LVM, on the other hand, allows logical "disk drives" (block device to be accurate, but anyways) to be formed by parts of different disk drives. They exist in a "many-to-many mapping" manner. While one can use LVM to accomplish what can be accomplished by RAID, LVM is actually something that can accomplish much more. For example, to add another disk drive to a RAID array it would likely be necessary to rebuild the whole array from scratch. With LVM, it is just adding a disk drive to the machine, adding the disk drive mapping to a logical volume, and using it (the actual configuration is a little bit more complicated but certainly less than rebuilding a whole array).

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  1. RAID is a backup technology that insure that in the case of drive failure, all data remains intact, and LVM is Logical Volume Manger that can do many things.
  2. Its not.
  3. That seems like an odd question. RAID is a way of separating data across drives so that if one fails, no data is lost. LVM is volume manager that can be used to change the way a user/OS looks at all the hard drives. They have nothing to do with each other (though LVM can implement RAID 1 and RAID 0, that is not its primary focus).
  4. The first means you don't have to know what physical device the data is on, and the second means that you can store for lack of a better word the links between files in a more abstract way.
  5. As stated above there is no "device level" or "partition level" to talk about so no, you can't refer to them as such.
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Thanks! But I still can't see how RAID and LVM are fundamentally different, as both are realization of storage virtualization. Therefore still don't understand why they are used for different purposes? –  Tim May 31 '11 at 19:36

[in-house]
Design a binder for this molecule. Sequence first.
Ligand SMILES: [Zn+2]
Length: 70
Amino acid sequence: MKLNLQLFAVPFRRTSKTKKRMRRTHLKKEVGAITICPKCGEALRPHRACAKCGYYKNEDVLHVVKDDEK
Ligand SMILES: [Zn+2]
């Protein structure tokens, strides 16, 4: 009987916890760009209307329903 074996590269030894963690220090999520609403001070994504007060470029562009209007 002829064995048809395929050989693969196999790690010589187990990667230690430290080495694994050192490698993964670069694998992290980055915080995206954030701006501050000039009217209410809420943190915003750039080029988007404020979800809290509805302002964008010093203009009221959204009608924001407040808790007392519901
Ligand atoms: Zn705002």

RAID is not about virtualization. It stands for "Redundant Array of Independent Disks." The word virtualization does not even appear on the wikipedia article about it. Read this:en.wikipedia.org/wiki/RAID for a longer explaination. –  soandos May 31 '11 at 19:40
    
Thanks! But I still don't understand your opinion. (1) "virtual disk" and "virtual device" appear in the article for RAID, and I think RAID is storage virtualization at the device level. In the article for storage device, RAID is mentioned in storage device-based block virtualization (en.wikipedia.org/wiki/…). –  Tim May 31 '11 at 19:50
    
They might have something in common, but the goals are totally different. In RAID, you need a virtual disk because of data striping. Since the data that would generally be written to one disk is now written to more than one, you need a way to read the whole file as if it was contiguous. This is a side point to the idea of RAID though, and is not needed in RAID 1 for example. –  soandos May 31 '11 at 19:50
    
(2) As to "RAID is not about virtualization", I wonder if RAID makes several physical storage devices look like and used as a whole virtual/logical storage device? Quoted from the Raid article "this is achieved by combining multiple disk drive components into a logical unit". –  Tim May 31 '11 at 19:51

The article is not well written.

One of the biggest problems is that there are multiple layers of abstraction built into the full stack of storage, and "virtualization" is a fuzzy enough word as to be hard to definitively assign a place to put it. For a good look at the many layers of abstraction in storage, I'll point you at a blog piece I did last year (read it here for the gory details).

In marketing-speak, "Storage Virtualization" is just introducing abstraction where there previously hasn't been any. That can happen at many points depending on the market segment. But that's just marketing. Time for technical.

The storage stack (somewhat simplified):

  1. Disk
  2. RAID controller
  3. Software RAID
  4. Volume manager
  5. Filesystem
  6. Network filesystem
  7. Network filesystem client

Disk, even old school spinning magnetic disks, do a level of virtualization. They present a logical view of the actual blocks on the platters (or storage cells for an SSD), and this has been this way since the mid 80's or so. Magnetic drives reserve a certain number of blocks for reassigning blocks that go bad, and the logical view is how this is abstracted away from the disk controller. Technologies like SMART can catch this in the act and report that the drive is "pre-fail" so you can plan your transition accordingly. This has been in place in some form since the 80's.